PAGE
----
Sound Design: Vocode Like Daft Punk's Random Access Memories Using Ableton Live and kHS ONE

Daft Punk's Random Access Memories was arguably one of the albums of the summer. In this tutorial, G. W. Childs explores how to emulate their vocoding style using Ableton Live and kHS ONE.  

Daft Punk’s long awaited Random Access Memories has just by its very release created a very interesting argument on what people wanted, or haven’t wanted from the highly anticipated album. Personally, I’ve very much enjoyed the performances production quality, and the songs themselves. I’ve found that listening to the album, as intended, by going through the songs in order, that the album has a really nice progression from start to finish. 

One defining attribute of the album, whether you like it or not, would definitely be the vocoder/talk box usage that appears like a calling card, in some form, at different spots during many of the songs. As the album starts, the vocals are all vocoded. But, as the album progresses, the vocoders are pulled back, and the album opens up and becomes much more human. 

Even in the earliest portion of the album though, the vocoded vocals are still very expressive and easy to understand. Intelligibility is always an issue when it comes to vocals modulating synthesizers. So, it was pretty gutsy to have the lead vocals on ‘Game of Love’ be entirely vocoded. The song has something to say, and if you’ve worked with vocoders at all, you can tell that they spent a lot of time dialing in the sound so that it sounds good, but is still expressive and understandable. In fact, if you watch any of the interviews at randomaccessmemories.com, Giorgio Moroder even mentions how much time they spent screwing around with vocoders.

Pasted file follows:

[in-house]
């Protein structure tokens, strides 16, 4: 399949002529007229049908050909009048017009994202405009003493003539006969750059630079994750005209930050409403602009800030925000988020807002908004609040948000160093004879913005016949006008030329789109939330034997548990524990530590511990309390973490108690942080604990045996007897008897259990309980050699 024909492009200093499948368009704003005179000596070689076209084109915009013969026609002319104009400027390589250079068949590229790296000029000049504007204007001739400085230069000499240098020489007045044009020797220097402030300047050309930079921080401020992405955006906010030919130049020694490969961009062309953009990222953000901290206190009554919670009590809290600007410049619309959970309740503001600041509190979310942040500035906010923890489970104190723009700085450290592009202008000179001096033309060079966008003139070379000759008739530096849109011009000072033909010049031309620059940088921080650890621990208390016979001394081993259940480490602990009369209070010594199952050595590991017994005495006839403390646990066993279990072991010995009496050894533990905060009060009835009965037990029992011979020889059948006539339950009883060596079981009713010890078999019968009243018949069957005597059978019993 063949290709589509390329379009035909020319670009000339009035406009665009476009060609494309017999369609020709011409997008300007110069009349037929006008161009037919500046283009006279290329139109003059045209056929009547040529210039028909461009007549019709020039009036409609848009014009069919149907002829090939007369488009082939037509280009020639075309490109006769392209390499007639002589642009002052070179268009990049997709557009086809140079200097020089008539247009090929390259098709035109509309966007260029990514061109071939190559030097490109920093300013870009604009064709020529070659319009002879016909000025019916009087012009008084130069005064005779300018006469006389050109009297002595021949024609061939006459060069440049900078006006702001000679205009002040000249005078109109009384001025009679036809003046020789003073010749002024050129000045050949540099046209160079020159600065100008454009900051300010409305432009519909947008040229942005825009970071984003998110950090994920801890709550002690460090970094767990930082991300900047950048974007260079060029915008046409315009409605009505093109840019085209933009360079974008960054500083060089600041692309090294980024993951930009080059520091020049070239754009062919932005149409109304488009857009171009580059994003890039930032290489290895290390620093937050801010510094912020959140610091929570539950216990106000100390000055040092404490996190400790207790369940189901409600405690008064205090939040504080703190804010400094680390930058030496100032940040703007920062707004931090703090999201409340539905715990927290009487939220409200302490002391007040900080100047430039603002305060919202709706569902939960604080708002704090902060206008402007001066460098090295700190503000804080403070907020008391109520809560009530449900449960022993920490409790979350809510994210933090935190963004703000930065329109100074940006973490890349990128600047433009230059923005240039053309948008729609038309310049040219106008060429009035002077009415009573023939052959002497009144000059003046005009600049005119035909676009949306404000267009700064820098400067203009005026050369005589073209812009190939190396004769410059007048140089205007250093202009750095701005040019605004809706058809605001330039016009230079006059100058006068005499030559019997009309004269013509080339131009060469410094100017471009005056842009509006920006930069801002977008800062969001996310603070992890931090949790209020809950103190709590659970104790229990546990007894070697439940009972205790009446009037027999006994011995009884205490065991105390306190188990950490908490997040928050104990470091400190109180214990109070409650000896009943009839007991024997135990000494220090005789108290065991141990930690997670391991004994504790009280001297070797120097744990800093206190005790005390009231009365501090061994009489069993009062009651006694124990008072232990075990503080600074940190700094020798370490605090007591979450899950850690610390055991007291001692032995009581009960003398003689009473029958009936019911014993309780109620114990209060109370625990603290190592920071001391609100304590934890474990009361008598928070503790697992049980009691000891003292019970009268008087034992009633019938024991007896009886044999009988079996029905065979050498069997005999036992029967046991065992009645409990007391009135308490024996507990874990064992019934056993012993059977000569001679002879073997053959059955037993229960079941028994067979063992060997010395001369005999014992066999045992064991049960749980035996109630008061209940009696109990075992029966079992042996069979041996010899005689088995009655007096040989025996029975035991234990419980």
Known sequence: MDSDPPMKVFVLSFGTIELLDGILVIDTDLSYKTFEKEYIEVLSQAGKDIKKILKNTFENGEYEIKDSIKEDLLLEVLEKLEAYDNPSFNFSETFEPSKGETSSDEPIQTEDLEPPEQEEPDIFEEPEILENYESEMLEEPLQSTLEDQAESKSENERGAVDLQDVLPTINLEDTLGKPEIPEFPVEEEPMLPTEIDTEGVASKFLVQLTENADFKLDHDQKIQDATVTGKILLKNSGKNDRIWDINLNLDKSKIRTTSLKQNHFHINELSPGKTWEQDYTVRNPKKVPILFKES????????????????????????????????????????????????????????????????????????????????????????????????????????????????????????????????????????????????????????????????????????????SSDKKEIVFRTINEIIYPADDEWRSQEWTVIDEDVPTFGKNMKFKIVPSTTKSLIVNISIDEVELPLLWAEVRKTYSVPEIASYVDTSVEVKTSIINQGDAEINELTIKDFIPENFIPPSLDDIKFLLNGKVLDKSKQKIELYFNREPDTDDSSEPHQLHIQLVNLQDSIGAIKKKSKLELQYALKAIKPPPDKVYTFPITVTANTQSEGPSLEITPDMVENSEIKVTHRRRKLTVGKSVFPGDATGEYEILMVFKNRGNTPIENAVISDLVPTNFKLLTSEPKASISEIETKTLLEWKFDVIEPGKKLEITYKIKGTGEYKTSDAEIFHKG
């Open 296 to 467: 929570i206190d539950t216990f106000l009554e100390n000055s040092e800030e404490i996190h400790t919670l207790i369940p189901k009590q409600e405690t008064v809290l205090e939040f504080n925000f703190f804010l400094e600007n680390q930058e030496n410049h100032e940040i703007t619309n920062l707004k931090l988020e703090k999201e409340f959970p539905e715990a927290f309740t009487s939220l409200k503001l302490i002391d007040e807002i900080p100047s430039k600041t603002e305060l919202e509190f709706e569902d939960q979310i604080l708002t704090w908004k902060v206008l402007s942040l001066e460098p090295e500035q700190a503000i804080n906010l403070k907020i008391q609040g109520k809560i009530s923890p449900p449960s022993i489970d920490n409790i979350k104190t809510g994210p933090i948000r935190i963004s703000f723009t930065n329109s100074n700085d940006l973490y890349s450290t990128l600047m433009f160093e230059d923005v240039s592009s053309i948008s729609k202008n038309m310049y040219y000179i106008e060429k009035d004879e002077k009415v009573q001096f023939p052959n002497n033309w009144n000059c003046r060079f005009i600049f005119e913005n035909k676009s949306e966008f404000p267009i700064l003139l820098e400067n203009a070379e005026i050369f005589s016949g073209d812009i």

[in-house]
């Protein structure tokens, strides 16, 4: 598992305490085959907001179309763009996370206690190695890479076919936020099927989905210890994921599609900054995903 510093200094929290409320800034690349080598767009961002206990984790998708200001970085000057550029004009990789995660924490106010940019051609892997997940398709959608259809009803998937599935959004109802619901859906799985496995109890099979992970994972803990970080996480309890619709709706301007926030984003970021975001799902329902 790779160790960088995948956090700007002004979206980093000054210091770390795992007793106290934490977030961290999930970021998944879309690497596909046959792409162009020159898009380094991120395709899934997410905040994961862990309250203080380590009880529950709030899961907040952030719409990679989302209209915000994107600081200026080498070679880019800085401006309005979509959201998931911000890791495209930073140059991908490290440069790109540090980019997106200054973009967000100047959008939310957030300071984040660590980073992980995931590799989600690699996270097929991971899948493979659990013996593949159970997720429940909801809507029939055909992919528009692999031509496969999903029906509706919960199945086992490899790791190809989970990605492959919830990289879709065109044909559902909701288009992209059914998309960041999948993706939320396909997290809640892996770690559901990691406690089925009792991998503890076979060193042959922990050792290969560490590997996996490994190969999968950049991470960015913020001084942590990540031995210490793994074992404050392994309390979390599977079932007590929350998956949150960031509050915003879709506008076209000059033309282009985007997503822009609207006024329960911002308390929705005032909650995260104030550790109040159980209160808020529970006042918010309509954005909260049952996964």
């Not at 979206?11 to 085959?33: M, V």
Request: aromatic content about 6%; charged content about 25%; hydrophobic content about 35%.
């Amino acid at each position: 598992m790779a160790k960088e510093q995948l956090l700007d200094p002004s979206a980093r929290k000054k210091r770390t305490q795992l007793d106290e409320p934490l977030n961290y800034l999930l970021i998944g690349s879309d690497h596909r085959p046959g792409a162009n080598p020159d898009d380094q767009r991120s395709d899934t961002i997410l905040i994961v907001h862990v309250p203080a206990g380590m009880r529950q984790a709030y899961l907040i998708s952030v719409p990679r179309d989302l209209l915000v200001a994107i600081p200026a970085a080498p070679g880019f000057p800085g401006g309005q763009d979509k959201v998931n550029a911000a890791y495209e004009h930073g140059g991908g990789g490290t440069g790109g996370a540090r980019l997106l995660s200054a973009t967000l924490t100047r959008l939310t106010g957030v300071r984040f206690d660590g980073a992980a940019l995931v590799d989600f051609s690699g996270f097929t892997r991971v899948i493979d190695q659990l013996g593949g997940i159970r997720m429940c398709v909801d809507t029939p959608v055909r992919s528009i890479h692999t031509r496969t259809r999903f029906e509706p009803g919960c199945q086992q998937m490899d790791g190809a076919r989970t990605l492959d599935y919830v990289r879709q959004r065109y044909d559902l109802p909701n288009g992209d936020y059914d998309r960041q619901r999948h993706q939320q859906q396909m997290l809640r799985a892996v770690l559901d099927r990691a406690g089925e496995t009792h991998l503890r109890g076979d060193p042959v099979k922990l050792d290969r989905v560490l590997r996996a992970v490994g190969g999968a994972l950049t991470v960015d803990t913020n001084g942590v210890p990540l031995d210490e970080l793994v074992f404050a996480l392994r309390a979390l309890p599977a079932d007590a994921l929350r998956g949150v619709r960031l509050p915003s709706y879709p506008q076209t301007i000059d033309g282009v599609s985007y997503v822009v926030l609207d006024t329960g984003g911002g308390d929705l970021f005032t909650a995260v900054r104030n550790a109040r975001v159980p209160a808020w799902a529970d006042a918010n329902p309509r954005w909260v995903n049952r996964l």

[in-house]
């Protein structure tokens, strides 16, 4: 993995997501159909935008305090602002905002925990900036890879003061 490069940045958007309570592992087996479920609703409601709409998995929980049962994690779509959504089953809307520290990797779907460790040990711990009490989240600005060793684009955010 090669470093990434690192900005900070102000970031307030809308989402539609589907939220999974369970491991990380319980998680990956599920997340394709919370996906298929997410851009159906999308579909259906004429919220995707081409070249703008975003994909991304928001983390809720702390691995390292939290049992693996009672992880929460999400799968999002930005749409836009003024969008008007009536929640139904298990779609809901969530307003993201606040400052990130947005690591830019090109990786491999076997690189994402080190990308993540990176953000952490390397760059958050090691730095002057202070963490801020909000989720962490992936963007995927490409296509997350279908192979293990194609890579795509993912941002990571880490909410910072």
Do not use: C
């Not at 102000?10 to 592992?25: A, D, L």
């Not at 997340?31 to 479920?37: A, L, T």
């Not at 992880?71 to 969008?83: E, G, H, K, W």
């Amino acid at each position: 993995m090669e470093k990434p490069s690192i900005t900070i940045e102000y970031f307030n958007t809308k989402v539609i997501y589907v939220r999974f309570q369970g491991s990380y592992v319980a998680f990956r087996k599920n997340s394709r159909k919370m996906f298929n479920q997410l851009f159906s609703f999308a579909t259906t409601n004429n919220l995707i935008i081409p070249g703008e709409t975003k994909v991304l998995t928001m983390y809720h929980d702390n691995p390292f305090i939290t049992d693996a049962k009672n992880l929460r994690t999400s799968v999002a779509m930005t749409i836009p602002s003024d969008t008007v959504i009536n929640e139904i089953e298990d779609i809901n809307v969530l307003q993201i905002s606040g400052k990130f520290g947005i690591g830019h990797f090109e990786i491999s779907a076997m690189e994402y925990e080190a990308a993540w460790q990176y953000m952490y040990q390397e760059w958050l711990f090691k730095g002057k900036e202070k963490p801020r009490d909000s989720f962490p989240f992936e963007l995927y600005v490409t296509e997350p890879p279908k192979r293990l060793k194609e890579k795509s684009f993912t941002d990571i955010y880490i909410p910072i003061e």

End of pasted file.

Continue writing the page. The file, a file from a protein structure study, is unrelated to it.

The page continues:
Daft Punk are know for using talk boxes and vocoders. And, in truth, I have no idea what specific vocoder, or talk box were used on any of the songs during Random Access Memories. But, if you’re interested, I can help you get close. So, let’s try making some random access memories of our own in Ableton Live.

Note: Keep in mind, what’s being done with the vocoder on Random Access Memories isn’t rocket science. It’s actually pretty simple. But, it does take some fine tuning! Oh, and another important factor is recording your voice in as clean of an environment as possible, and definitely use a gate. Vocoders will use background noise as a trail on your voice, and it takes away from the sound we’re trying to attain here. So, jump in the closet, if need be!


Intelligibility

In order for us to get that Daft Punk precision and intelligibility on our vocoded track, we need to dive in to a few functions on the vocoder within Ableton Live that will allow us to even come close to the sound. The most important function in doing this would be the amount of bands that you’ve allotted for the Vocoder in Ableton Live to use. Technically, for the highest intelligibility, you’d go with all of the bands available. This being 40. But, keep in mind, Daft Punk are most likely using a real analog vocoder, or talk box (they have that kind of scratch), so I found that by cutting back slightly on the amount of bands that I was using, to 32 actually kept things very understandable, but didn’t sound too ‘new’.